Mayor Marshall “Duffy” Duffield began his presentation to the attendees of the monthly Wake Up! Newport series hosted by the Chamber of Commerce on Thursday morning with a confession.
“I don’t really like this room that much,” he said of the Friends Room at the Newport Beach public library central branch. Four years ago, he explained, he nervously spoke at a city council election forum and was the only candidate with a written speech.
If the audience was looking for a polished speech, they had gone to the wrong place, he said to them. And as he announced when he accepted the role of mayor last December, “I’m going to be ‘Duffy.’”
He stayed true to that sentiment, but still gave the customary state of the city update that all mayors give, including an optimistic view of the looming unfunded pension liability that all California cities face. Newport Beach currently has a $400 million bill that will take decades to pay.
“We are one of the fortunate, maybe…the only city that can make headway against this nightmarish bill that we have to pay,” he said. The city is “socking away” about $9 million a year.
“In 20 years, we might have an answer for you,” he said.
Duffield touched on other issues, such as the city’s efforts to reduce noise from departing flights at John Wayne Airport, and the water wheel, a garbage-removing device that is set to be installed in the harbor between Jamboree Road and MacArthur Boulevard in the coming year. He also joked about updating fire stations and the Corona del Mar branch of the city’s library system.
“We were all voted in because we weren’t going to spend any money,” he said of his city council colleagues. “Turns out, we’ve got all these projects going on. But the moneys there,” he noted.
As founder and owner of Duffy Electric Boat Company, the largest electric boat company in the world, Duffield’s concerns and ideas centered around the harbor, where he has spent most of his life.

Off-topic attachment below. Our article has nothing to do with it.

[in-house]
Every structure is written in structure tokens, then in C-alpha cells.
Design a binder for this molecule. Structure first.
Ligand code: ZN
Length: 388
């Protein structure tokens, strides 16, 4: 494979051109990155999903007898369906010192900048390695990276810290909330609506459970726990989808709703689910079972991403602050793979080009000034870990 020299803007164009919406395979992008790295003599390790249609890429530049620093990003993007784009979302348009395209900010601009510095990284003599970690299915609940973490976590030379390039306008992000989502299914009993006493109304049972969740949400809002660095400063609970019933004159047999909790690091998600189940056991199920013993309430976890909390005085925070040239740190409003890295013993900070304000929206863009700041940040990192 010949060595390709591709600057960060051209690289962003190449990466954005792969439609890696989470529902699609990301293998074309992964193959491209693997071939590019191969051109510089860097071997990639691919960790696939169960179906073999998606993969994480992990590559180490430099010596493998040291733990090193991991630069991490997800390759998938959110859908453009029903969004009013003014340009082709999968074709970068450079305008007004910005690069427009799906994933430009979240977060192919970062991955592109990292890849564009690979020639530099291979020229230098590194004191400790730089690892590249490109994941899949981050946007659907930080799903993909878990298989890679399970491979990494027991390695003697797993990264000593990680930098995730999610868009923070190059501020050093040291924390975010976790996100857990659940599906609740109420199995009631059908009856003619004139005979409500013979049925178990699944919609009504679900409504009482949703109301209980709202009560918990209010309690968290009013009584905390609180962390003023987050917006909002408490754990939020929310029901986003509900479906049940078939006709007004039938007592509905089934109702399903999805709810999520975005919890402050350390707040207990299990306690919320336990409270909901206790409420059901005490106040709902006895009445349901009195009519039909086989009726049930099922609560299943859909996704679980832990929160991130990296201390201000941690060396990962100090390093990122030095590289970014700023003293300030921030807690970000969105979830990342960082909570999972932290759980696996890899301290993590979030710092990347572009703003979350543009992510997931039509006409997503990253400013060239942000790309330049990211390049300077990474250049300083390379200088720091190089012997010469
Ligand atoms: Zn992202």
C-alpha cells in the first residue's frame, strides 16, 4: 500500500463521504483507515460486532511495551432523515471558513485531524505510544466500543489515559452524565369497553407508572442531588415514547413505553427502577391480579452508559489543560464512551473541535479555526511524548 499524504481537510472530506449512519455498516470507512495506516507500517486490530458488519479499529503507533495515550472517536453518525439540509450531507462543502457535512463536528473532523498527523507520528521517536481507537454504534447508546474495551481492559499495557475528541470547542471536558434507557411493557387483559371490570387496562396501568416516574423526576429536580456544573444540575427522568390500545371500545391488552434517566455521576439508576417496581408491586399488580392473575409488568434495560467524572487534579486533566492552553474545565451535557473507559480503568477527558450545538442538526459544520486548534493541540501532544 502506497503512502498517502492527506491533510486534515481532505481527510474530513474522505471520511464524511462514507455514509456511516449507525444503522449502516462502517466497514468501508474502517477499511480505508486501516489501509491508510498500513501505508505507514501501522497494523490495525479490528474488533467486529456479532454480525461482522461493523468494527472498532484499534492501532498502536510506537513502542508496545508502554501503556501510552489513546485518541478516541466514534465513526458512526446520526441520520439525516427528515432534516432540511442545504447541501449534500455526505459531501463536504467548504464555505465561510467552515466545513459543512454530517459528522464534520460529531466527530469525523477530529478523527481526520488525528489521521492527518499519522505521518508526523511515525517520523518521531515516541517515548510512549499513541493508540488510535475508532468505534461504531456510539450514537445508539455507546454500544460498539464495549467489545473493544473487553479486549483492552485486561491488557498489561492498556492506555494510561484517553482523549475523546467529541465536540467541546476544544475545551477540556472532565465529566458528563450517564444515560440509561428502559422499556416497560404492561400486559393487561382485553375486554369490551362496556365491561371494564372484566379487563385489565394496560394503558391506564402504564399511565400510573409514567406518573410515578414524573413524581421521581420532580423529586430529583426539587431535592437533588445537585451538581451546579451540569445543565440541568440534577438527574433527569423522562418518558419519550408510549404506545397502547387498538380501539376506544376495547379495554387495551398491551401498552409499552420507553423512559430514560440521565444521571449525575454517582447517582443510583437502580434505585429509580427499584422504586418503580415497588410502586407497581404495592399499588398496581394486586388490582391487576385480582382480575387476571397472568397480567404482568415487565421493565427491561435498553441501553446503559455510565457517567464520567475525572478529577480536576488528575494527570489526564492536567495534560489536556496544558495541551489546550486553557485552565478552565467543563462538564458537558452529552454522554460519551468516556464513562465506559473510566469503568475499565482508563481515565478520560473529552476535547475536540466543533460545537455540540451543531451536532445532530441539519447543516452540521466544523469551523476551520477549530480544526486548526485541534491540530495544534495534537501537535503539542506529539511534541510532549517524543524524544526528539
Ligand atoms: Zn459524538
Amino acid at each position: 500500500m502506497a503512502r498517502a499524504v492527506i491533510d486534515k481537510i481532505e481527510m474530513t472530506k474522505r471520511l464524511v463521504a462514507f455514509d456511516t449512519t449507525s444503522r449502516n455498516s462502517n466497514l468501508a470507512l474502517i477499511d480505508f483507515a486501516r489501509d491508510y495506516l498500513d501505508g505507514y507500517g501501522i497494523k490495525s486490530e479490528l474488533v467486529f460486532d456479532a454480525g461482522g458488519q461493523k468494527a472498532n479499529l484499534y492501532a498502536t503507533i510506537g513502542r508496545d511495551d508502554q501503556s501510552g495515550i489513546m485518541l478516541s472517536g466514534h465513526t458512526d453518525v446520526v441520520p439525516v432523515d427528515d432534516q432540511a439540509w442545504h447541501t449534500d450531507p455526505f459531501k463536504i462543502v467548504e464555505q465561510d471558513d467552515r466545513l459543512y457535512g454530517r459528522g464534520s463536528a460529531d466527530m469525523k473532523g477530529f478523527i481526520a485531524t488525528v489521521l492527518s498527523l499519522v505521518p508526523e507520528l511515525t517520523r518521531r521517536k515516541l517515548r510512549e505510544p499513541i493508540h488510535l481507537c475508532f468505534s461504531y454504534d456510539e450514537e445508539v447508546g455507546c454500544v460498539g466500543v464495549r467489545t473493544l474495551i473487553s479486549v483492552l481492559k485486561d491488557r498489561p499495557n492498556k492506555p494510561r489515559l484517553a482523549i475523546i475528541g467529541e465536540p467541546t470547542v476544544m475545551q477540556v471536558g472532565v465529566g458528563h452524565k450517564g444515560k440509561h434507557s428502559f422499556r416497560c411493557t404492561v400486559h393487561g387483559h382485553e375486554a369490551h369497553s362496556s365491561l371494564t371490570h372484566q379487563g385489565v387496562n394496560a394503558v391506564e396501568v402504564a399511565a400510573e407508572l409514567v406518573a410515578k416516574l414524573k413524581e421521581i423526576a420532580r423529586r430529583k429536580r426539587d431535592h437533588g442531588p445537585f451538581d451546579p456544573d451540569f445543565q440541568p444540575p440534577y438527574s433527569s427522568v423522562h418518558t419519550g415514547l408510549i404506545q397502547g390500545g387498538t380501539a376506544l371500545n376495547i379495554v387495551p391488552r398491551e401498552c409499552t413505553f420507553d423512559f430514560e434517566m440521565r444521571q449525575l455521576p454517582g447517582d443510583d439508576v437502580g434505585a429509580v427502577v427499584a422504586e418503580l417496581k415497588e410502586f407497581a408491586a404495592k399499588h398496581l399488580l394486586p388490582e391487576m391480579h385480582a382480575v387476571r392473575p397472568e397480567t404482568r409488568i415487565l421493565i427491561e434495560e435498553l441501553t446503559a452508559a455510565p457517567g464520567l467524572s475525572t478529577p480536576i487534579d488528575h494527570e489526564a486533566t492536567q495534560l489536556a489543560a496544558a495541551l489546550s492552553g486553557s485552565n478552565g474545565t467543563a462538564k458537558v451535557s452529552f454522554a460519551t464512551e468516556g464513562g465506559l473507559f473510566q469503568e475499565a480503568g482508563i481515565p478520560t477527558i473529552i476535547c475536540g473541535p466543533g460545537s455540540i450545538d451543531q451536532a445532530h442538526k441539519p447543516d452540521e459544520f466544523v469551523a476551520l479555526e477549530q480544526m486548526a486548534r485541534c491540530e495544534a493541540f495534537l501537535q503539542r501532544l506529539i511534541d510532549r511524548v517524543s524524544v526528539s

He lamented that over the last 30 years, residential property has taken over the character of the harbor. He said he understands the desire to own property that increases in value, and that residential property is more desirable in that aspect, but he misses the boat and marine-focused businesses that dotted the harbor side in decades past.
Boat yards and related businesses can no longer afford to operate in Newport Beach, so they move to Costa Mesa or Dana Point. Duffield went on to explain to the attendees, the majority of which were students from local high schools, how residential development replaced vacated marine business plots. Residential developers are more likely to build on the water because the investment is more profitable than that of a marine business.
Much of the formerly commercial property was rezoned to become “mixed-use,” or part-commercial, part-residential property.
“So we have people living above commercial operations. It doesn’t really work out,” he said.
He referenced The Vue, a new waterfront mixed-use property that, according to The Vue website, has sold 10 of the 27 home units available.
“Sadly, it has dispersed eight boat businesses,” Duffield noted, “and they’re not coming back.”
“It’s pretty much empty,” he said of the development. He shared photos of the property’s commercial floor that showed no commercial activity at all.
For other, mostly smaller mixed-use properties, he said boat maintenance and residents don’t, well, mix
“You get bottom paint, paint spray, and everything else. It’s mixed use, but it literally has a problem. What ends up happening is that people living in the homes get all riled up and they kick out the boat yard,” he explained.
Shock Boats, which has been in business on the harbor since 1946, is “on the chopping block,” Duffield said.
A mixed-use building with commercial space on the first floor and residential on the second is the works, he said, although the developer has more than one challenge ahead of him, and that Shock Boats is currently still in business.
“That’s our future,” he said.
“What I’m trying to do is stir up the pot, and recognize that those properties that we have left on the water, we really, really need to work hard to retain the commercial recreational marine portion of that,” he said.
“We don’t want to be like Huntington Harbor,” Duffield said. “As great as Huntington Harbor is, it has one restaurant, one boat yard, and if we end up like that, I’ll be very sad,’ he said.